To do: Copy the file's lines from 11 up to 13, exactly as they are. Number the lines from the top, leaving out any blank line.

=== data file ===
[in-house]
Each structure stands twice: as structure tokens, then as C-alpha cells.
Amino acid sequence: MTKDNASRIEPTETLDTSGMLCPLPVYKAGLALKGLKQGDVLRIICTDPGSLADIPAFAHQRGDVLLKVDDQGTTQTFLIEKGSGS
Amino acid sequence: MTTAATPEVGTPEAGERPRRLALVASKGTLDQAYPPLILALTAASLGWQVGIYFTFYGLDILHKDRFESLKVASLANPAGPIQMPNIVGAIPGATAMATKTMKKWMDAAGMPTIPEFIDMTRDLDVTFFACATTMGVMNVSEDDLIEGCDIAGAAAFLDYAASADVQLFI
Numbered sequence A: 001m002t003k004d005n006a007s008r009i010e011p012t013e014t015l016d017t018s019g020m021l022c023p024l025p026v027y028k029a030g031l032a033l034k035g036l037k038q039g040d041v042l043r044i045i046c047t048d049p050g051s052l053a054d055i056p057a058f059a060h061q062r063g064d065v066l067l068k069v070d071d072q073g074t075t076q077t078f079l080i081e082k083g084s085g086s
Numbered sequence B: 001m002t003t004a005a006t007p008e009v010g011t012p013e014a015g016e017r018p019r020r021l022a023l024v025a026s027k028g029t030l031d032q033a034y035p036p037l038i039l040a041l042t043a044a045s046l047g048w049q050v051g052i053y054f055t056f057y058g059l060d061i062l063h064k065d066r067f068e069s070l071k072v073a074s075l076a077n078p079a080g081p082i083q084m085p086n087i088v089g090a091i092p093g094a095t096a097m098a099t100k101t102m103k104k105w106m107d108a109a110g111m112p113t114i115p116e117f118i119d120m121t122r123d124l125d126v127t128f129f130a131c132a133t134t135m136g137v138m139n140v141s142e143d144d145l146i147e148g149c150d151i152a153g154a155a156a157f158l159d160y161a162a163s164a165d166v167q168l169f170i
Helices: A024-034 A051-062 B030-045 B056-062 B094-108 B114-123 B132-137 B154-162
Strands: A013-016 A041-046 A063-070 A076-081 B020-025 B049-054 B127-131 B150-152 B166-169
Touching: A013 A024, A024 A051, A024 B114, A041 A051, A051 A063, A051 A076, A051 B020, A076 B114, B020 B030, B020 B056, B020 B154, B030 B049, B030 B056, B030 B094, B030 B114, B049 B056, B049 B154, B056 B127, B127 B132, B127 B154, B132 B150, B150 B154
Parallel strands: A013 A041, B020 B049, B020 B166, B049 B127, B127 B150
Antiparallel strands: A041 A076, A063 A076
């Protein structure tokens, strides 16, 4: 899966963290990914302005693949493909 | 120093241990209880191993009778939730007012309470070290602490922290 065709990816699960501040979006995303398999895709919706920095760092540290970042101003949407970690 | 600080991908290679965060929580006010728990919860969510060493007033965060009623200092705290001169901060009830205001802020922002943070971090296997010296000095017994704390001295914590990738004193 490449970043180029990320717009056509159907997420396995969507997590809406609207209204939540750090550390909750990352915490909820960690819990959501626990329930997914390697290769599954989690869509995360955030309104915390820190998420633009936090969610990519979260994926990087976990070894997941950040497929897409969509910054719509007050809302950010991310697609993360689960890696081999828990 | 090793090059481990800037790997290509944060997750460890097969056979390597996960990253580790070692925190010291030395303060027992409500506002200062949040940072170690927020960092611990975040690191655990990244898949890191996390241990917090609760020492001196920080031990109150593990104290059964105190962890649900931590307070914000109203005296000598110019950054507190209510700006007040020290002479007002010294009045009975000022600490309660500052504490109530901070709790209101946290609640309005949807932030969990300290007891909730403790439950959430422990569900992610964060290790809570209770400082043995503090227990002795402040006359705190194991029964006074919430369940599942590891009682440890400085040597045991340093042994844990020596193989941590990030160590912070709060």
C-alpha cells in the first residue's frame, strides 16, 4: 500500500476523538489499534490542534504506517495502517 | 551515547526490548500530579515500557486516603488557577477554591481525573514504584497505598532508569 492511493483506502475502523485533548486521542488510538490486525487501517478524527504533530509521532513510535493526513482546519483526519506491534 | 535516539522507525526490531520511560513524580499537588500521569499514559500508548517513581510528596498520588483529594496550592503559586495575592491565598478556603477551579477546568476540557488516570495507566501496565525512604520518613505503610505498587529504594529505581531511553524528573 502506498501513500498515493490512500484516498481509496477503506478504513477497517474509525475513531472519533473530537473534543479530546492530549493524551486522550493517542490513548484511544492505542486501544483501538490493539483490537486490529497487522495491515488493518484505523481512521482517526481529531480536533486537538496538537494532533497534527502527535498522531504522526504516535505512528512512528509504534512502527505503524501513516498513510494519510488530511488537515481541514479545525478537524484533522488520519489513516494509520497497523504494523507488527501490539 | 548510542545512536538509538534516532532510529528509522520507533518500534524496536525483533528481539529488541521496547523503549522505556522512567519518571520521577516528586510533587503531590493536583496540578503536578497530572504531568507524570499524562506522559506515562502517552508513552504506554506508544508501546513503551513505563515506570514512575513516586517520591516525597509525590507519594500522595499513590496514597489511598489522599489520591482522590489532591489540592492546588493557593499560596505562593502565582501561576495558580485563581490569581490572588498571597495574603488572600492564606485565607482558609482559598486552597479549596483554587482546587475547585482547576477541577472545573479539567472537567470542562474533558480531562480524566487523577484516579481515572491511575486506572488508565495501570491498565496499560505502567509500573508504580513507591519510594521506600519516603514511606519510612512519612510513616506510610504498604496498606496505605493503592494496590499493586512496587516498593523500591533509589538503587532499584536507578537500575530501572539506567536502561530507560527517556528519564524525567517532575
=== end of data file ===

Antiparallel strands: A041 A076, A063 A076
């Protein structure tokens, strides 16, 4: 899966963290990914302005693949493909 | 120093241990209880191993009778939730007012309470070290602490922290 065709990816699960501040979006995303398999895709919706920095760092540290970042101003949407970690 | 600080991908290679965060929580006010728990919860969510060493007033965060009623200092705290001169901060009830205001802020922002943070971090296997010296000095017994704390001295914590990738004193 490449970043180029990320717009056509159907997420396995969507997590809406609207209204939540750090550390909750990352915490909820960690819990959501626990329930997914390697290769599954989690869509995360955030309104915390820190998420633009936090969610990519979260994926990087976990070894997941950040497929897409969509910054719509007050809302950010991310697609993360689960890696081999828990 | 090793090059481990800037790997290509944060997750460890097969056979390597996960990253580790070692925190010291030395303060027992409500506002200062949040940072170690927020960092611990975040690191655990990244898949890191996390241990917090609760020492001196920080031990109150593990104290059964105190962890649900931590307070914000109203005296000598110019950054507190209510700006007040020290002479007002010294009045009975000022600490309660500052504490109530901070709790209101946290609640309005949807932030969990300290007891909730403790439950959430422990569900992610964060290790809570209770400082043995503090227990002795402040006359705190194991029964006074919430369940599942590891009682440890400085040597045991340093042994844990020596193989941590990030160590912070709060």
C-alpha cells in the first residue's frame, strides 16, 4: 500500500476523538489499534490542534504506517495502517 | 551515547526490548500530579515500557486516603488557577477554591481525573514504584497505598532508569 492511493483506502475502523485533548486521542488510538490486525487501517478524527504533530509521532513510535493526513482546519483526519506491534 | 535516539522507525526490531520511560513524580499537588500521569499514559500508548517513581510528596498520588483529594496550592503559586495575592491565598478556603477551579477546568476540557488516570495507566501496565525512604520518613505503610505498587529504594529505581531511553524528573 502506498501513500498515493490512500484516498481509496477503506478504513477497517474509525475513531472519533473530537473534543479530546492530549493524551486522550493517542490513548484511544492505542486501544483501538490493539483490537486490529497487522495491515488493518484505523481512521482517526481529531480536533486537538496538537494532533497534527502527535498522531504522526504516535505512528512512528509504534512502527505503524501513516498513510494519510488530511488537515481541514479545525478537524484533522488520519489513516494509520497497523504494523507488527501490539 | 548510542545512536538509538534516532532510529528509522520507533518500534524496536525483533528481539529488541521496547523503549522505556522512567519518571520521577516528586510533587503531590493536583496540578503536578497530572504531568507524570499524562506522559506515562502517552508513552504506554506508544508501546513503551513505563515506570514512575513516586517520591516525597509525590507519594500522595499513590496514597489511598489522599489520591482522590489532591489540592492546588493557593499560596505562593502565582501561576495558580485563581490569581490572588498571597495574603488572600492564606485565607482558609482559598486552597479549596483554587482546587475547585482547576477541577472545573479539567472537567470542562474533558480531562480524566487523577484516579481515572491511575486506572488508565495501570491498565496499560505502567509500573508504580513507591519510594521506600519516603514511606519510612512519612510513616506510610504498604496498606496505605493503592494496590499493586512496587516498593523500591533509589538503587532499584536507578537500575530501572539506567536502561530507560527517556528519564524525567517532575